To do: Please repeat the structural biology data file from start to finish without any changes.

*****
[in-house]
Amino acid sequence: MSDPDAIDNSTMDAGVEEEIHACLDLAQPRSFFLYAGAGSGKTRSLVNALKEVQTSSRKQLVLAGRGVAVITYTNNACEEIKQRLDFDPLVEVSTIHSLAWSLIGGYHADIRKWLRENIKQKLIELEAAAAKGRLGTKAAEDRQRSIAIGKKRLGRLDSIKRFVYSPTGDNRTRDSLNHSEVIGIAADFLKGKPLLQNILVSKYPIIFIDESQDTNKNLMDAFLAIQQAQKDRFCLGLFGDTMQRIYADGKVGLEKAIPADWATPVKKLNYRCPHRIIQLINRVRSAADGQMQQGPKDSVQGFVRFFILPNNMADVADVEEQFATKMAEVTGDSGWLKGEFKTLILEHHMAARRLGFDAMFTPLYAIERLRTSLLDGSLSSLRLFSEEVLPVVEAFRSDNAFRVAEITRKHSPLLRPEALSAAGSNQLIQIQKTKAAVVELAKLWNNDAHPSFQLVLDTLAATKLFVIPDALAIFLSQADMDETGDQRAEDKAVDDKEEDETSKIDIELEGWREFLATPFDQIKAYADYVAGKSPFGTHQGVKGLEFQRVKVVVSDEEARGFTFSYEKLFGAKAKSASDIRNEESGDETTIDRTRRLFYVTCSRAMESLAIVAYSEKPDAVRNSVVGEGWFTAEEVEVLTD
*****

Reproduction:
[in-house]
Amino acid sequence: MSDPDAIDNSTMDAGVEEEIHACLDLAQPRSFFLYAGAGSGKTRSLVNALKEVQTSSRKQLVLAGRGVAVITYTNNACEEIKQRLDFDPLVEVSTIHSLAWSLIGGYHADIRKWLRENIKQKLIELEAAAAKGRLGTKAAEDRQRSIAIGKKRLGRLDSIKRFVYSPTGDNRTRDSLNHSEVIGIAADFLKGKPLLQNILVSKYPIIFIDESQDTNKNLMDAFLAIQQAQKDRFCLGLFGDTMQRIYADGKVGLEKAIPADWATPVKKLNYRCPHRIIQLINRVRSAADGQMQQGPKDSVQGFVRFFILPNNMADVADVEEQFATKMAEVTGDSGWLKGEFKTLILEHHMAARRLGFDAMFTPLYAIERLRTSLLDGSLSSLRLFSEEVLPVVEAFRSDNAFRVAEITRKHSPLLRPEALSAAGSNQLIQIQKTKAAVVELAKLWNNDAHPSFQLVLDTLAATKLFVIPDALAIFLSQADMDETGDQRAEDKAVDDKEEDETSKIDIELEGWREFLATPFDQIKAYADYVAGKSPFGTHQGVKGLEFQRVKVVVSDEEARGFTFSYEKLFGAKAKSASDIRNEESGDETTIDRTRRLFYVTCSRAMESLAIVAYSEKPDAVRNSVVGEGWFTAEEVEVLTD